He was very strict and a disciplinarian. He was very particular about our appearance and turnout. He would inspect all the cadets from head to foot and even pull a loose thread from a uniform and instill in our minds how important it was to have a good appearance and a proper dress.

He would set an example by dressing very well. And sometimes he would appear for a dinner in the mess in the full military uniform of the armored corps with all the chains and badges to show us that we need to take pride in our “turning out”. We should not be shabby. Another important aspect is how he instilled the feeling of brotherhood amongst all Petarians.

These  small and trifle matters have made many Petarians into generals, admirals, CEO’s, MD’s and heads of organizations. The long list of eminent Petarians is there to see on www.petaro.org website.

My elder brother Niaz Ahmed 141/Liaquat who was in the Shooting and Cricket team met Alam Jan several years later in Karachi.  He narrates that Alam Jan met him with so much love and affection that it is beyond imagination. He would spend hours talking about Petaro.


Some Memories of Capt. Alam Jan Mahsud

By Iftekhar Alavi, 40/Liaquat

I was already a cadet at Petaro when Capt Alam Jan Mahsud arrived in 1960, and I bade him goodbye in 1963. I was appearing for my Matric examination in Hyderabad, and we were going to center when Capt Alam Jan and Lt Asrarullah met us on the way. Alam Jan asked me how is preparation, I replied “Sir First Division is my target”. He said “Great! I will give you a treat if you get First Division”. In those days getting first Division was an honour. Allah bestowed me with First Division and Capt Alam Jan kept his promise.

Alam Jan appeared in CSS examination while he was at Petaro and was selected for Civil Services too. However, Capt Alam Jan wanted Foreign Service so he declined to join CSS academy.
 As a Corps Commander he was always very helpful to me. I was simply a Major, and yet I could enter his office without any permission. Whenever he came for any Corps gathering, Tactical Discussion or other matter, and if he did not see me he would invariably ask “Where is Alavi”. My Brigade Commander would never forget to remark sarcastically that “Corps Commander is Alavi’s Chacha”. It was due to Lt.General Alam Jan that even Major Generals paid respect to me.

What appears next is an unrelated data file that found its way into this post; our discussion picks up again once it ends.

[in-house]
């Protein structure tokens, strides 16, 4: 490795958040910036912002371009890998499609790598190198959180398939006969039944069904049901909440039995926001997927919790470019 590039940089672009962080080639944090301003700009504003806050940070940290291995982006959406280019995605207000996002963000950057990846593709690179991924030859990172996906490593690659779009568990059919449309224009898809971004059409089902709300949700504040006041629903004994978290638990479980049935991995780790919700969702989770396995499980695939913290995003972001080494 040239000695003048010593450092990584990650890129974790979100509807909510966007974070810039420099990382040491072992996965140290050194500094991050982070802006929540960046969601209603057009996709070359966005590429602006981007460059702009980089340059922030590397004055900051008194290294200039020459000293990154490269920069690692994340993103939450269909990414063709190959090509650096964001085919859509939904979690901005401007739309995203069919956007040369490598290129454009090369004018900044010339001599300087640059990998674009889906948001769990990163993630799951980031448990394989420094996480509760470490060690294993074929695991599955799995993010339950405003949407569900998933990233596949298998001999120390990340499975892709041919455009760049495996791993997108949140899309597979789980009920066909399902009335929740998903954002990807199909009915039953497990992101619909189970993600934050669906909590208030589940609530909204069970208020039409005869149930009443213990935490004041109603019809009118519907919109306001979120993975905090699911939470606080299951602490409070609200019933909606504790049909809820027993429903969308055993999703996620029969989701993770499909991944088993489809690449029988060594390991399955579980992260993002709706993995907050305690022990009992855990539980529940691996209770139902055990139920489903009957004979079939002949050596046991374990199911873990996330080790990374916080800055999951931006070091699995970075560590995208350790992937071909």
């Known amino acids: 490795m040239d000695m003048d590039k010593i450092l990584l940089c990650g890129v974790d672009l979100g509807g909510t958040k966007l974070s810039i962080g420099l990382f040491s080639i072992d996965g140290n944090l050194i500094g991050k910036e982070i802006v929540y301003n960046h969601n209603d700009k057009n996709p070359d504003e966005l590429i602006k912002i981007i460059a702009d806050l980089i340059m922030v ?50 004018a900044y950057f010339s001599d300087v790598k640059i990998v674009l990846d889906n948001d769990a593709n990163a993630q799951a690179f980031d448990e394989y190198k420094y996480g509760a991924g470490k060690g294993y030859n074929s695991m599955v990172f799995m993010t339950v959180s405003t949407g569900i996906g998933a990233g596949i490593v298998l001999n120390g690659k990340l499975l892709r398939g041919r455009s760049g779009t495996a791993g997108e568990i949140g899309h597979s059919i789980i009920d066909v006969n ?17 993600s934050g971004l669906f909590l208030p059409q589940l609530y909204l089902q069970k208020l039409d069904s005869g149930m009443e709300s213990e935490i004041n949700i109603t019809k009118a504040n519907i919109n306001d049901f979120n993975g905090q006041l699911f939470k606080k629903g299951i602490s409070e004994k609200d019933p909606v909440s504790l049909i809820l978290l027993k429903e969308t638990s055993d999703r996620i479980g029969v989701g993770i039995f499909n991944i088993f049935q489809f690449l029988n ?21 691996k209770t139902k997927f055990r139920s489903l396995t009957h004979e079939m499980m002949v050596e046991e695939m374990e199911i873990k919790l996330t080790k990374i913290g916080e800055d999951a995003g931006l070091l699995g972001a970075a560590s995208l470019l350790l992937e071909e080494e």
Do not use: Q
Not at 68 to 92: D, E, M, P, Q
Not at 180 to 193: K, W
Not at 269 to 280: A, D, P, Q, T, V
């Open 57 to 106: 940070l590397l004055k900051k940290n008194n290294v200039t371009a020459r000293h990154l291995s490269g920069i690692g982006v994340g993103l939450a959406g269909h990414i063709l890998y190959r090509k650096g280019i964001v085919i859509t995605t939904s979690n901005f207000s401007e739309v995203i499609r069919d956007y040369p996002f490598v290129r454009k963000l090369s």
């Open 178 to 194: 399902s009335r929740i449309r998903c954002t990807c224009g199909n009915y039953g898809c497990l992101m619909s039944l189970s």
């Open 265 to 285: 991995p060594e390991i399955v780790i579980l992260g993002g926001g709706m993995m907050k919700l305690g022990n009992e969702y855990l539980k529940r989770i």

The last time I met him was at Chak Shahzad in 2005. His wife is great lady too. Before going to meet him, I called his house to seek an appointment and the lady of the house answered the phone. Her response was that for a Petarian there is no need for appointment - and especially for who were with him at Petaro, they should simply knock the door and walk in. I felt so honoured by her loving remarks for us Petarians.

 I do not recall the exact year, but 19 Lancers was at posted at Hyderabad and Commander Asrarullah was the Principal of Cadet College Petaro in those days. This should have been in the latter half of the 1980s. Col Arif Hasan (now Lt Gen(R) Arif Hasan) was Commanding 19 Lancers. Lt.Gen Alam Jan was visiting his regiment. The funny part was that Col. Arif Hasan complained that Gen Alam Jan spent only half an hour in the regiment and more than 4 hours at Petaro. This shows how much the General had an affiliation with Petaro even after all those years.

He is truly a great man and real elder. I was going for Hajj in 1999. In the morning I rang up the General and asked for his blessing because my father had died and he was like my father. His words are unforgettable. He said “Alavi you are going as guest of Allah to Khana-e-Ka’aba only because those who are allowed to go there can go. So Allah will be your host. Remember never ever betray your host, because he looked after you when you were his guest in every location.  Allah is looking after you even when you are not at the Kaaba. Never forget Allah”.